B-School 'Idealists' or Pragmatists?

B-School 'Idealists' or Pragmatists?
You'd think the most popular employers among idealists would be nonprofits and government agencies. You'd be wrong (Photograph by Daniel Acker/Bloomberg)
Photograph by Daniel Acker/Bloomberg

For a few years, Bloomberg Businessweek has been publishing Universum’s ranking of the most coveted employers for U.S. college students, and I continue to be perplexed by some of the findings. First a quick primer.

To create its ranking, Universum surveys about 60,000 students each year and asks them to identify the five employers for whom they would most like to work. The data is reported separately by fields of study, including business and engineering. It’s also reported by “personality type,” categories that Universum has developed to identify students based on what they want from an employer.

The final result usually makes a modicum of sense. Business students want to work at Big Four accounting firms, investment banks, and other big companies. Engineering students are tech crazy. And everybody wants to work for Google—OK, not everybody, but every fifth business student, which qualifies as a landslide in this ranking.

A lot of students also seem to have a thing for brands they’re familiar with. In 2010, for example, about 8 percent of business students—a very respectable showing—wanted to work for Apple; this year, with the new iPhone and iPad on everybody’s must-have list, Apple now garners nearly 19 percent of the vote, bringing it to within spitting distance of No. 1-ranked Google. In 2010, Facebook wasn’t even ranked; now it’s No. 12, with nearly 7 percent of the business student vote.

But every year the ranking produces some quirks in the data, and this year was no exception. Consider the following (unless otherwise noted, all the numbers below are for business students only):

■ Among B-school “idealists,” giant banks including JPMorgan Chase (8), Goldman Sachs (11), and Morgan Stanley (21) ranked higher—much higher—than the National Institutes of Health (50), the Peace Corps (38), and Teach for America (28). About 7 percent of idealists want to work for Goldman, nearly twice as many as for Teach for America. (Maybe they’re idealists who want nice things.) To put that in context: Among students in the humanities and liberal arts, seven of the 10 most popular employers are either government agencies or nonprofits.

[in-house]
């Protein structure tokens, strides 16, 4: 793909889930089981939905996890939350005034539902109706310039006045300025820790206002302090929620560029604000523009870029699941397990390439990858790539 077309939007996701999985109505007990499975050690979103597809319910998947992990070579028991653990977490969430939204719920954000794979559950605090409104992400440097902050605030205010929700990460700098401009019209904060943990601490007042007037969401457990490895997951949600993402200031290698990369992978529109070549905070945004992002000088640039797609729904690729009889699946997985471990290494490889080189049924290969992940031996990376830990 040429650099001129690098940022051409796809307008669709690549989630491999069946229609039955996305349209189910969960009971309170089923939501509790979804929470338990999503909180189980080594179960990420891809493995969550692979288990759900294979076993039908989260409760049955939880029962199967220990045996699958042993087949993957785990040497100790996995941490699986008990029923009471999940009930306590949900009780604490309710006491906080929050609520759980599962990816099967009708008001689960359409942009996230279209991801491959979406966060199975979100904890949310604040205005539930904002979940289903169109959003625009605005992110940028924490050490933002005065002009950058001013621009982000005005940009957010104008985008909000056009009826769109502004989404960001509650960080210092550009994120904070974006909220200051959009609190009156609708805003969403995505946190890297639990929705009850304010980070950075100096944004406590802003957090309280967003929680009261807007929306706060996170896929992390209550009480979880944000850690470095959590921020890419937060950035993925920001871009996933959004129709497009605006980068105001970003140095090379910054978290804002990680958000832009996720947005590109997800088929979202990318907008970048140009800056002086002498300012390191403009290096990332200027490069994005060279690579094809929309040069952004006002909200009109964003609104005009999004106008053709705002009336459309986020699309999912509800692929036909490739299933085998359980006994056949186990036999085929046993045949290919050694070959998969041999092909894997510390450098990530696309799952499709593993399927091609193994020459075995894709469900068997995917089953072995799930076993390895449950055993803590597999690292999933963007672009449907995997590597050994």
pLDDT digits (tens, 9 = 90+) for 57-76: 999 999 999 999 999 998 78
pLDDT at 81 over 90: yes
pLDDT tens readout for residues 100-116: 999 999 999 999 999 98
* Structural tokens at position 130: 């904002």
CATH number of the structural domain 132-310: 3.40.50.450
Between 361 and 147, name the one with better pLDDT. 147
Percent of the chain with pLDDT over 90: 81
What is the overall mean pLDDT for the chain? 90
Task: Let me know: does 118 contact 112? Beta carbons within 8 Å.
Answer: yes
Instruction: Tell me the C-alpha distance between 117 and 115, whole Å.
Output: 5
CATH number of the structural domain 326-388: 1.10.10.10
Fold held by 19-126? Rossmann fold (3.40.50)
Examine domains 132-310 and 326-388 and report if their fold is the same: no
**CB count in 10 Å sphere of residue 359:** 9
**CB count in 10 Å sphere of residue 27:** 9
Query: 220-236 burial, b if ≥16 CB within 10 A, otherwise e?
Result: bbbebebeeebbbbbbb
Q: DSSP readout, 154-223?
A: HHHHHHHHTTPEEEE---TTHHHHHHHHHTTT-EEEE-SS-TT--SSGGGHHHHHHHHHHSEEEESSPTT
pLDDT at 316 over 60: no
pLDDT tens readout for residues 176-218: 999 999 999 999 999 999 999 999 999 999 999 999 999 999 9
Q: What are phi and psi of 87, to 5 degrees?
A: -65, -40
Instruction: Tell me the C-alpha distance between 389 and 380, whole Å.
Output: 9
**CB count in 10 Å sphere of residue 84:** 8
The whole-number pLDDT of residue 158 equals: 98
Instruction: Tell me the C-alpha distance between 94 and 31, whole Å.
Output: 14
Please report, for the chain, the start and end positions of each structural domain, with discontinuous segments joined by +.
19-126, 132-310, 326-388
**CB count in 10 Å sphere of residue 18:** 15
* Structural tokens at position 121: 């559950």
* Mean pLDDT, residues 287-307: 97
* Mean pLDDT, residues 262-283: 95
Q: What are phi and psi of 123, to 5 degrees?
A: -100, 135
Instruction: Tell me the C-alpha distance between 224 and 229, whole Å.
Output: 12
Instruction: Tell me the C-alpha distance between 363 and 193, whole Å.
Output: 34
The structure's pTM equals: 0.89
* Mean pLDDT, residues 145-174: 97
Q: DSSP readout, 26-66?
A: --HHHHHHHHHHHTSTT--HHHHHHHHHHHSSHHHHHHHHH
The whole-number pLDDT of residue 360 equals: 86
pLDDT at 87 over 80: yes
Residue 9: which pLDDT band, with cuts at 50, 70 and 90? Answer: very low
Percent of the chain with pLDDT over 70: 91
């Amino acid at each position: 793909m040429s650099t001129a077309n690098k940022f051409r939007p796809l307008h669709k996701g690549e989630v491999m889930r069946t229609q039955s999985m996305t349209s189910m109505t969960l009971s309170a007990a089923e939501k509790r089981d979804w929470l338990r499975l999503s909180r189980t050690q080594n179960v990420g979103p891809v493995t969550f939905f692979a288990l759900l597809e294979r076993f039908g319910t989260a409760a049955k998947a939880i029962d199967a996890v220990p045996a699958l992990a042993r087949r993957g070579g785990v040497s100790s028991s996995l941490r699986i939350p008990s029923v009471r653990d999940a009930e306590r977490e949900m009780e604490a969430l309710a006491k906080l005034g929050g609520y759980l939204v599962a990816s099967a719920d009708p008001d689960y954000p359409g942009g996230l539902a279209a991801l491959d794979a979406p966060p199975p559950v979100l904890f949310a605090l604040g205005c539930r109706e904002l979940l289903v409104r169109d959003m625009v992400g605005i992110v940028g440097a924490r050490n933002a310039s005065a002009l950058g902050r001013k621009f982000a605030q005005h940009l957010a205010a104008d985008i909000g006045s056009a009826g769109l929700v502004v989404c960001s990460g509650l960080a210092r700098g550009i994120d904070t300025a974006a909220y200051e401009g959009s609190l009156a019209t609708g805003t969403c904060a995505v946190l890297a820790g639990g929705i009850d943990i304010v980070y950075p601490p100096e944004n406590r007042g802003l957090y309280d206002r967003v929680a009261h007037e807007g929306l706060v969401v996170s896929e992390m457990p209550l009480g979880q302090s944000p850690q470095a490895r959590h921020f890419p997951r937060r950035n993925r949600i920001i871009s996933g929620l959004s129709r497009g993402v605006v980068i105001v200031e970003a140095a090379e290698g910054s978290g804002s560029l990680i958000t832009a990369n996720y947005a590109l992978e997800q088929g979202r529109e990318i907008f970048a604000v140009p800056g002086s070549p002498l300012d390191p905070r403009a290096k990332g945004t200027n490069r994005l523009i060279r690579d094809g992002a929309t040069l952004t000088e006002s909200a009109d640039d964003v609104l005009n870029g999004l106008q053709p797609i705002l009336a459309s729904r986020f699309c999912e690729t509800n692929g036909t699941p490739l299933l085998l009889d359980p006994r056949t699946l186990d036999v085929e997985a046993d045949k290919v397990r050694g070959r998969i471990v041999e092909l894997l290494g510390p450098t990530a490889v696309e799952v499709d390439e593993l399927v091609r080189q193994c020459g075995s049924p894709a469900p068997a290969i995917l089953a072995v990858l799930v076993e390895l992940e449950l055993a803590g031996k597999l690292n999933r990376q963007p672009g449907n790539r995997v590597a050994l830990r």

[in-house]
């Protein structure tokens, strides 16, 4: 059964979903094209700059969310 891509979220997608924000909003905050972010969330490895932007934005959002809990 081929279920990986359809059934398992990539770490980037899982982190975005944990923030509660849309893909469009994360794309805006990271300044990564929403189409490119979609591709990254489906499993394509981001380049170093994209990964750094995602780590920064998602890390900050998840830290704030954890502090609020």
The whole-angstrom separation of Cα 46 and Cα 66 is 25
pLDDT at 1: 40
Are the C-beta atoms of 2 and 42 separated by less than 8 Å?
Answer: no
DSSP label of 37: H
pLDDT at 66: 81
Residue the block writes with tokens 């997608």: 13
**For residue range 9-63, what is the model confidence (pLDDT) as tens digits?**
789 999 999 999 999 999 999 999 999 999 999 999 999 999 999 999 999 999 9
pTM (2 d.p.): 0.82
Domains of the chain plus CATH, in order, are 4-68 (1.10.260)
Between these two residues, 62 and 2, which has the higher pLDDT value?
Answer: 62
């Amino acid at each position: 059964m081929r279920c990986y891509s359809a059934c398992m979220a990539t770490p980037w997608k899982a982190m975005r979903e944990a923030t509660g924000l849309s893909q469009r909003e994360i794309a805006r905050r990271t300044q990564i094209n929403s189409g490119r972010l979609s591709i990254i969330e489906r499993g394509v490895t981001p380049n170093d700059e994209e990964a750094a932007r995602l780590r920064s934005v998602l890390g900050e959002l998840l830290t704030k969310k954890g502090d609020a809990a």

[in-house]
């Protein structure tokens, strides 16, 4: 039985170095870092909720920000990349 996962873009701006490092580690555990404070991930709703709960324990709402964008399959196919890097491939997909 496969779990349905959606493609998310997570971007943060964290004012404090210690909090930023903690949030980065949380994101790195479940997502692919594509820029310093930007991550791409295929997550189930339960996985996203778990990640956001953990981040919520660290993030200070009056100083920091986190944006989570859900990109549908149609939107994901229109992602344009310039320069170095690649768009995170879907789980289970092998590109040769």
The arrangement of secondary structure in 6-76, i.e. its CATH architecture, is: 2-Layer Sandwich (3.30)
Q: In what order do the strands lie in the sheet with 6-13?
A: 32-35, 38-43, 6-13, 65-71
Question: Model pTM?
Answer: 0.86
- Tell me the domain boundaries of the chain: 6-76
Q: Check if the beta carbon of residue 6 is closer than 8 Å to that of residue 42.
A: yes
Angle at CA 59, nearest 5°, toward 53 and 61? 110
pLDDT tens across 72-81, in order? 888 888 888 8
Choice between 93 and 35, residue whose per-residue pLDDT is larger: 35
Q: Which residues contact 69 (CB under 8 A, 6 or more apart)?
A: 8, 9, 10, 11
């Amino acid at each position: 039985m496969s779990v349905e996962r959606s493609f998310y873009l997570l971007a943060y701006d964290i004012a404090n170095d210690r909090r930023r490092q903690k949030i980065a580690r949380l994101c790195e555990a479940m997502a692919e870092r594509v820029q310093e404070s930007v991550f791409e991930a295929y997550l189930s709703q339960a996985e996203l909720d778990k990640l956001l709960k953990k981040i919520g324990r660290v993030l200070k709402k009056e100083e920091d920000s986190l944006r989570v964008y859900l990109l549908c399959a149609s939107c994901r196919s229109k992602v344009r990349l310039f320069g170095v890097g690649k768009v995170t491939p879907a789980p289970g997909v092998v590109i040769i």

■ The percentage of business students who want to work for LVMH—purveyor of such luxury brands as Louis Vuitton, Dior, and Sephora—nearly doubled. The company’s popularity surged with every personality type. Apparently champagne wishes and caviar dreams aren’t limited to the superrich.

■ Working for Uncle Sam is demonstrably less popular than it once was. In 2010 the top 20 employers overall for business students included three government agencies: the FBI, Treasury, and State. Today there’s just one in that group, the FBI. Even among idealists, government employment isn’t the kind of thing college students dream about. Yes, there are nine government agencies in that group’s top 50, but 11 employers are more popular than the most coveted federal employer (the FBI), including Walt Disney (3), Nike (9), and Coca-Cola (10).

What are we to make of all this? There’s a part of me that wants to wag a finger at these B-school “idealists” and tell them to have the courage of their convictions. But I suspect many of them are merely being pragmatists. Students are buried in debt and worried about jobs. Any company that promises gainful employment, regardless of who’s offering it, is by definition one that deserves a second look.

As commencement approaches, I don’t envy the choices today’s college graduates have to make. Between compromising your integrity for a paycheck or no paycheck at all, I’m not sure which I’d choose.

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